TPC Sawgrass: A Fair Test or Tricked-Up?
Pete Dye’s 7,189 yard, par-72 Stadium Course is balanced with a variety of short, medium, and long holes within the par-3, par-4 and par-5 categories. There are both right and left doglegs. No two consecutive holes ever play in the same direction so the wind has a balanced influence on the field. The layout is often referred to as a second shot golf course, but if the first shot doesn’t land in the correct place, the second shot will be a prelude to big numbers. There are risk-reward holes, intimidating shots, and a lot of water. The Stadium Course can be a complete test of golf. Unfortunately, it can also be disastrously unfair and an exercise in futility. Gusting winds, shameful pin positions, and lightning quick greens took the challenge to sadistic levels two years ago, and the criticism was justified. This is a Jekyll and Hyde track. If it plays too soft it can be a monotonous birdie-fest. If it plays to firm it becomes unplayable. For THE PLAYERS to truly identify the best player this week course set-up will be crucial.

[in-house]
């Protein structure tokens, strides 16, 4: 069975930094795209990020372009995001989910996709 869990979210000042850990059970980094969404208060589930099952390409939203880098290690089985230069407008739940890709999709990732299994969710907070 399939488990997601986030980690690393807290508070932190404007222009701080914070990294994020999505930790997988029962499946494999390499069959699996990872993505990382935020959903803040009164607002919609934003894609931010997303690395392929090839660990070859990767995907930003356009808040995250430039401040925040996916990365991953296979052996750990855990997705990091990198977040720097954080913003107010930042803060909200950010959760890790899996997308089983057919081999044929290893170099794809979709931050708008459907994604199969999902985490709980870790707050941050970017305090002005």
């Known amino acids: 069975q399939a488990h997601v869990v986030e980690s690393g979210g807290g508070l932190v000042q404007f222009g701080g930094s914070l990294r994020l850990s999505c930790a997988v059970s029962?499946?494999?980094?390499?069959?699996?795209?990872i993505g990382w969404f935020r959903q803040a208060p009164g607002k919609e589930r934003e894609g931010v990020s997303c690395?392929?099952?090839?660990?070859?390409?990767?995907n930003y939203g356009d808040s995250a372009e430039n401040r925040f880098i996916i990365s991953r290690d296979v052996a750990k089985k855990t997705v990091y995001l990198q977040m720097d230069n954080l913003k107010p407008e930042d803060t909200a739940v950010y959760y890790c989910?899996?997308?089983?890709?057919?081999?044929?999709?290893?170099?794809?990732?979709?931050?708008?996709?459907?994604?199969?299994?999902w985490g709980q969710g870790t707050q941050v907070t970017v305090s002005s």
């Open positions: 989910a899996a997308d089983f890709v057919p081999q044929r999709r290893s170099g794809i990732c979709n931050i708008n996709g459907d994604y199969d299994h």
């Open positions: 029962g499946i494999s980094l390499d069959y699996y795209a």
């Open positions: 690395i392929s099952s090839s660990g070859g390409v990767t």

18Birdies Caddy+ view of No.16 at TPC Sawgrass
Should THE PLAYERS be a Major Championship?
THE PLAYERS arguably boasts the strongest field in golf. The $10.5 million purse is the second richest all season. The course is recognized as one of the toughest on the planet. But should it be a major championship? The Masters wasn’t intended to be a major championship, it evolved into one. The PGA Championship started off as a match-play event in 1916 before switching to stroke-play in 1958. One of the things that sets the majors apart is that history makes the current year’s championship and certainly future ones all the more special, and THE PLAYERS history checks off all the boxes. It has the cash, it has the kudos, and it has the character. It already feels like a major championship for fans and players alike, and it’s only a matter of time before it’s elevated to major status.
That 17th Hole